This action might not be possible to undo. Are you sure you want to continue?
Young babies are social beings. They crave close attachments with a special person within their setting. Warm, mutual, afﬁrmative relationships give babies the courage to express their feelings. When young children have a close relationship with a caring and responsive adult, they explore from a safe place to which they can return. As children learn to do things for themselves they gain conﬁdence, knowing that the adult is close by, ready to support and help if needed.
A Healthy Child Emotional Well-being
Look, listen, note
• Observe and note the sounds and facial
expressions young babies make in response to affectionate attention from their parent or their key person.
Emotional stability and resilience Including: • Being special to someone • Being able to express feelings • Developing healthy dependence • Developing healthy independence
• Note verbal and non-verbal expressions of
feelings which take place when babies are changed, fed, cuddled etc.
• Observe sounds and facial expressions as
young children express feelings of frustration, anger or as they separate from a carer.
• Note examples of healthy independence;
e.g. a child playing happily with building blocks, or looking through a window.
• Key person and parent handing the young
baby directly to each other at the beginning and end of each day.
Play and practical support
• Introduce baby massage sessions to reduce
stress and make young babies feel nurtured and valued.
• Establish shared understandings between
home and setting about ways of responding to babies’ emotions.
• Collect and share stories and songs which
parents and babies use at home.
• Through play, young children can explore
emotions beyond their normal range. Even reading about ‘going on a bear hunt’ can beneﬁt a timid child.
• Flexible routines which allow young children
“Physical care and loving attention is required in different ways as a toddler becomes mobile. … exploratory behaviour … takes the child away as she crawls, walks and inspects the world around her. The educator is required not only to protect the child through closeness, but also to let go to encourage growing autonomy.” Selleck & Grifﬁn (1996)*
to pursue their interests can reduce incidents of frustration and conﬂict.
• Recognition that children need a predictable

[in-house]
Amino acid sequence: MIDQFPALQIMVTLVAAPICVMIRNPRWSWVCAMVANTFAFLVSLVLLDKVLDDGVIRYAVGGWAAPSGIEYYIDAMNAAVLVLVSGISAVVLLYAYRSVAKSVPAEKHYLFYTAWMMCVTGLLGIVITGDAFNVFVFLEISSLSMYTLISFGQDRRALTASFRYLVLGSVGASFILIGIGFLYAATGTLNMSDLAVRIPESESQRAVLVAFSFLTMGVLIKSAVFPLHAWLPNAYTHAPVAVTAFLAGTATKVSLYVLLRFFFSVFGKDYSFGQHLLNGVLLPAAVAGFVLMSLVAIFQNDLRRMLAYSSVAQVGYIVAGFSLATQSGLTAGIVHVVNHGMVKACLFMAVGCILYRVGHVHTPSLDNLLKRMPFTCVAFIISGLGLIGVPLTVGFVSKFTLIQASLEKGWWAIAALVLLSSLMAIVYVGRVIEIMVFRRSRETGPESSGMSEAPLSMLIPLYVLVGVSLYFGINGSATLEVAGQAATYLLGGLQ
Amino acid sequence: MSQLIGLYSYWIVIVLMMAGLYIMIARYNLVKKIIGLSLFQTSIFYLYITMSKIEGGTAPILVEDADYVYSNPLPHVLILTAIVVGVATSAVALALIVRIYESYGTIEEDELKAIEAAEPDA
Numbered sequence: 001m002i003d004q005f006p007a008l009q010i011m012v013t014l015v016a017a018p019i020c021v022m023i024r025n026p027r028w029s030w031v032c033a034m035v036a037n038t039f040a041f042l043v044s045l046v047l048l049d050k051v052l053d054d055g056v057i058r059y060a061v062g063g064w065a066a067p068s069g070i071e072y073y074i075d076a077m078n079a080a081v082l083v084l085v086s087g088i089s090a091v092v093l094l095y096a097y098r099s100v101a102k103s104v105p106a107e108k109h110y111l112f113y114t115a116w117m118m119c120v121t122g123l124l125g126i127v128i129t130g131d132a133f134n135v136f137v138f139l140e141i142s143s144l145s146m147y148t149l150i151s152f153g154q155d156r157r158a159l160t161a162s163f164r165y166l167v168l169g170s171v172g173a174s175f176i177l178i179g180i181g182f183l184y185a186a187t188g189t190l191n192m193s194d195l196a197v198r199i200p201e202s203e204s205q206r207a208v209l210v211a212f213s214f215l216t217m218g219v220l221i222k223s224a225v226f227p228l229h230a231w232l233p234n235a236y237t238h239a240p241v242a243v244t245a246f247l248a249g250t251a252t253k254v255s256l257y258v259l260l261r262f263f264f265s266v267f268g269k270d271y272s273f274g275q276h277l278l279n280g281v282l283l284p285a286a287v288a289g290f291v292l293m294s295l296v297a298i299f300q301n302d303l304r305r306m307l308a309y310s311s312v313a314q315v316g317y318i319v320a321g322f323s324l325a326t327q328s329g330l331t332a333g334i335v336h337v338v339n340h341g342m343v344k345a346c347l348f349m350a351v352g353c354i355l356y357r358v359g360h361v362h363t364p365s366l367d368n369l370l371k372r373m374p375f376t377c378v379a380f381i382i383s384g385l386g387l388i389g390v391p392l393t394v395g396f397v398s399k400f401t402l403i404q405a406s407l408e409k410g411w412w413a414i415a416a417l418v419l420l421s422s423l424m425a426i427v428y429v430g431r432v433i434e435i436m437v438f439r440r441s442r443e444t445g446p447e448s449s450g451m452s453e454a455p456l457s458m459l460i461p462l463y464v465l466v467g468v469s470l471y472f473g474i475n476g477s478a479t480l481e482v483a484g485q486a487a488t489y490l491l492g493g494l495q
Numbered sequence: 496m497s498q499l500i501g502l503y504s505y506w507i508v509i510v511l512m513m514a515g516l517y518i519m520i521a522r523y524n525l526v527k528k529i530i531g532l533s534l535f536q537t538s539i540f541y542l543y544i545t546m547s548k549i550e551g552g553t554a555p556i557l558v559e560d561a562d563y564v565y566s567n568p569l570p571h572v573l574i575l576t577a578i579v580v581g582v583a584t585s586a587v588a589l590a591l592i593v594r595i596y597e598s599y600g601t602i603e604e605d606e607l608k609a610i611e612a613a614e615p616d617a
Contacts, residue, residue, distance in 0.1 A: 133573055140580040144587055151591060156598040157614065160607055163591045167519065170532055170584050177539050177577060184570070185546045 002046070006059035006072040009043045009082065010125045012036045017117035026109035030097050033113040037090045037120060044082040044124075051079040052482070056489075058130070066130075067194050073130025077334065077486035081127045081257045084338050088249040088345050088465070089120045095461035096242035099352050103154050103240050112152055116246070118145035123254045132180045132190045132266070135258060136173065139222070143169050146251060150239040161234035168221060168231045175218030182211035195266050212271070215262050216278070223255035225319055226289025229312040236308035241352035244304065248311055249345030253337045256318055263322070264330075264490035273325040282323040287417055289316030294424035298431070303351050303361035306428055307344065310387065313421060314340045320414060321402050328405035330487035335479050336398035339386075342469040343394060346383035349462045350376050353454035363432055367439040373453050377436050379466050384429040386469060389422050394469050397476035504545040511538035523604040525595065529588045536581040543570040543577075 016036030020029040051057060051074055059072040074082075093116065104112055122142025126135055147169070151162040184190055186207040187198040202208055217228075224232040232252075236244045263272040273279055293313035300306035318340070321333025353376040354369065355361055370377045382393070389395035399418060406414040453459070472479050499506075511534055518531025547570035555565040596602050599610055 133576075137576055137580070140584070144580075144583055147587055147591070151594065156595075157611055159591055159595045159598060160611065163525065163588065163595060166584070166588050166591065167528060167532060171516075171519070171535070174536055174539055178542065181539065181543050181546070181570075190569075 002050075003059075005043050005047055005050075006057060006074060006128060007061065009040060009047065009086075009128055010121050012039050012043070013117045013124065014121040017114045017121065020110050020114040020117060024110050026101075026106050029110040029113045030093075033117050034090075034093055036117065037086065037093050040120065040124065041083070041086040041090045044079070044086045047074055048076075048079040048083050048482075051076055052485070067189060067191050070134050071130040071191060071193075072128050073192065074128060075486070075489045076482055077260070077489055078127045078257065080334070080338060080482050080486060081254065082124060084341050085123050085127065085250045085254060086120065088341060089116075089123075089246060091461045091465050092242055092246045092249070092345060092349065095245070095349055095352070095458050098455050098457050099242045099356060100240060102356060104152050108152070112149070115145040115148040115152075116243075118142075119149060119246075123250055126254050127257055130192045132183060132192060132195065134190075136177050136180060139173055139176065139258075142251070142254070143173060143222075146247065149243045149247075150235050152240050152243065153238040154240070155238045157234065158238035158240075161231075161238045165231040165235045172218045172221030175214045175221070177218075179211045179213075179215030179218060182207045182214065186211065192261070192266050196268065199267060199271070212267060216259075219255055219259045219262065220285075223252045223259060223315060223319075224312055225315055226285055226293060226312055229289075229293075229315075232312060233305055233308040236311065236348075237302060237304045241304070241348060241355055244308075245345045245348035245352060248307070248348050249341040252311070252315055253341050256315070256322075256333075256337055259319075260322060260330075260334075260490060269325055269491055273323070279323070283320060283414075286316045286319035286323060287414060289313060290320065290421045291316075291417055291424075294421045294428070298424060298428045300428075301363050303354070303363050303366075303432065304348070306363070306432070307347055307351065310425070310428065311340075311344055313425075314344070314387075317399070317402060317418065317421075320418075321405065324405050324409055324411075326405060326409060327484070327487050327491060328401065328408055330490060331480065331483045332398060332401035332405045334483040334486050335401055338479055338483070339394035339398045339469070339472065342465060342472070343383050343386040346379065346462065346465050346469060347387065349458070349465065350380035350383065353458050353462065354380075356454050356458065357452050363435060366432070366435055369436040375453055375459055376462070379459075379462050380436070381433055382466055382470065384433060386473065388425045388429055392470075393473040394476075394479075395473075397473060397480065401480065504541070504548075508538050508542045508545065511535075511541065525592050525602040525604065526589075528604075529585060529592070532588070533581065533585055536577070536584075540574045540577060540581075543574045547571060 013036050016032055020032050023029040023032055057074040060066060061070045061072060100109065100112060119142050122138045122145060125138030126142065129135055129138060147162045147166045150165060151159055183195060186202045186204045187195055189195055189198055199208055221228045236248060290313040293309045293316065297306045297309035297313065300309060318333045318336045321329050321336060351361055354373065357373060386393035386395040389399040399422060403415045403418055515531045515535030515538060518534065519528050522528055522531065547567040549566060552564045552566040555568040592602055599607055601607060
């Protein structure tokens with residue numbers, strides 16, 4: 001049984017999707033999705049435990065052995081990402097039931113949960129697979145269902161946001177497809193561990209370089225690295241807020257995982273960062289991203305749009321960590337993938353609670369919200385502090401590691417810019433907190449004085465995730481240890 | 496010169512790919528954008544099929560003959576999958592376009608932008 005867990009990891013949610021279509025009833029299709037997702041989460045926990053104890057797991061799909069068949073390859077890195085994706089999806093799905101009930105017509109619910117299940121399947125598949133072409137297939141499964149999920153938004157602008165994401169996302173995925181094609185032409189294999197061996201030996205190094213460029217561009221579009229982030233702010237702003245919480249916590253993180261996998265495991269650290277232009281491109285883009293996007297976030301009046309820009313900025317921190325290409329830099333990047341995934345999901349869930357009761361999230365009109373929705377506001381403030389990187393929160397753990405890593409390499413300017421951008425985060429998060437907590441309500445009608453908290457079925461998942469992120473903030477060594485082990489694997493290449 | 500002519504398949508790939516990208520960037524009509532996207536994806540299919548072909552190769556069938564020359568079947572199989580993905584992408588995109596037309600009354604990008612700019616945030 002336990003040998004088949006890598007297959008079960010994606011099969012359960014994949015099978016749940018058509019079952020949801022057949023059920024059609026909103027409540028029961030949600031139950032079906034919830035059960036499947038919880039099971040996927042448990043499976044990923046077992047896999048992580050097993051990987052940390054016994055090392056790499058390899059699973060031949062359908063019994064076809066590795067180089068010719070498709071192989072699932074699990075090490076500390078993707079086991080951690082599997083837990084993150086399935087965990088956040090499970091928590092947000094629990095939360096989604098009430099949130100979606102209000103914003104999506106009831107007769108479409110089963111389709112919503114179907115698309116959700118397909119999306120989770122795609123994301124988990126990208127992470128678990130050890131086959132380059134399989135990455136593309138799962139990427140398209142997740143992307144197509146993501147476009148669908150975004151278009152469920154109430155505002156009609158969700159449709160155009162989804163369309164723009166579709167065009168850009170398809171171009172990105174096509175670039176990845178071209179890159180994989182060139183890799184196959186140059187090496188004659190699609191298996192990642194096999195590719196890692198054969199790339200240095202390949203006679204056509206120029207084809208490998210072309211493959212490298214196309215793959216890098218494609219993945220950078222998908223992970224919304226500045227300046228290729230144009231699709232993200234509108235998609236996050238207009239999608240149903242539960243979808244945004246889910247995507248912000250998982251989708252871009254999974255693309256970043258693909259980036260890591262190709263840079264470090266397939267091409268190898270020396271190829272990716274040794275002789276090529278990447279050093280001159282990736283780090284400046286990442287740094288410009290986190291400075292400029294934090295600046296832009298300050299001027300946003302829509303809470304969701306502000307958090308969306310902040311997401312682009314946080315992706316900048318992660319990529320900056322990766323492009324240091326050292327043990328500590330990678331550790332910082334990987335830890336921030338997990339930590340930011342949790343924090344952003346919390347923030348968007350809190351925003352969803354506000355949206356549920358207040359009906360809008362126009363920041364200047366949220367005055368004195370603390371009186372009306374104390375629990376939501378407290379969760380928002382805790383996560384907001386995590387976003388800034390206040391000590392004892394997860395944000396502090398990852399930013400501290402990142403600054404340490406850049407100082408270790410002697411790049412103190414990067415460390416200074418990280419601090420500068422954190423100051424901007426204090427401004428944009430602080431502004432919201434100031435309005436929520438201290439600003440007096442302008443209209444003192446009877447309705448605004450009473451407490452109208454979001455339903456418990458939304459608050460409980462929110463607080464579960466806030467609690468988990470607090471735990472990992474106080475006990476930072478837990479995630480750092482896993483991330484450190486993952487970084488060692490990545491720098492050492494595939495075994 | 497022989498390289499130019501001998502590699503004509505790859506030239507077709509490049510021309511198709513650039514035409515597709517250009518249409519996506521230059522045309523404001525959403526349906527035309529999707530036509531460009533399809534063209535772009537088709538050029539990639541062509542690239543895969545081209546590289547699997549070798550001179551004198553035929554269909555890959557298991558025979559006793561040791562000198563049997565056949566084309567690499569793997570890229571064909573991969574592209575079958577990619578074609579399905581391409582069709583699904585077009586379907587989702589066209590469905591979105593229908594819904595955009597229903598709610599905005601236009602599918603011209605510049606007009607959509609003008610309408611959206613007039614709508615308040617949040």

environment in which to feel safe and that their independence may be affected temporarily by changes of staff or by moving to another room.
• Provide stories, pictures and puppets,
which allow children to experience and talk about feelings.
* Selleck, D. & Grifﬁn, S. (1996) Quality for the Under Threes in Pugh, G. (ed) Contemporary Issues in the Early Years. 2nd Edition. London: Paul Chapman Publishing
• Plan times when staff can talk together about children's expressions of feelings. Christine hurries into the day care centre with 18 month old Jon. Meeting diverse needs • Ensure that. not just those who speak the same home language. preparation to deal with these. • A photograph board is a useful way to show parents and children who will be working in the group today.Emotional Well-being Planning and resourcing • Provide a sofa or comfy chair in the room or entrance so that parents. when children move between settings. Challenges and dilemmas • Ensuring that there is always a person who is special to them supports children’s Case study 7. including those with disabilities. She sits on the sofa provided at the entrance and begins to dress Jon in clothes she has brought with her. a key person in each setting welcomes them on arrival. Jon’s key person. A relationship with a key adult remains important.m. How might you change provision and practice in order to reduce outbursts and support them? • When a child’s independence is developing. leaves and Jon goes with Leyla into his room to start the day. cultural identity and gender by choosing appropriate resources. Leyla pours Christine a cup of coffee. • Activities which provide small steps to be achieved will support all children. • Valuing children’s race. They need extra support and. practitioners and babies can sit together. putting out his arms for the milk she has brought. they may reject offers of help. activities and experiences. • Babies can sometimes become attached to an older child as their special person in mixed age groups and can get value from this relationship. • Keep toys and comforters in areas which are important to each child. . gives her a piece of toast (Christine has not had time for breakfast) and sits to talk with them both. • Key persons need to be able to work with any family. Leyla. if possible. • Children inevitably experience anger and frustration. Christine. increases their sense of belonging and contributes positively to their emotional well-being. happy. comes to welcome them and Jon beams at Leyla.30 a. See CD-ROM • Some children ﬁnd it hard to cope with the inevitable staff absences. • Plan speciﬁc times when babies and children of different ages are together with their key person. thus reducing frustration and supporting them to become independent. A Healthy Child sense of well-being. still in pyjamas. Try not to see this as personal rejection but as progress.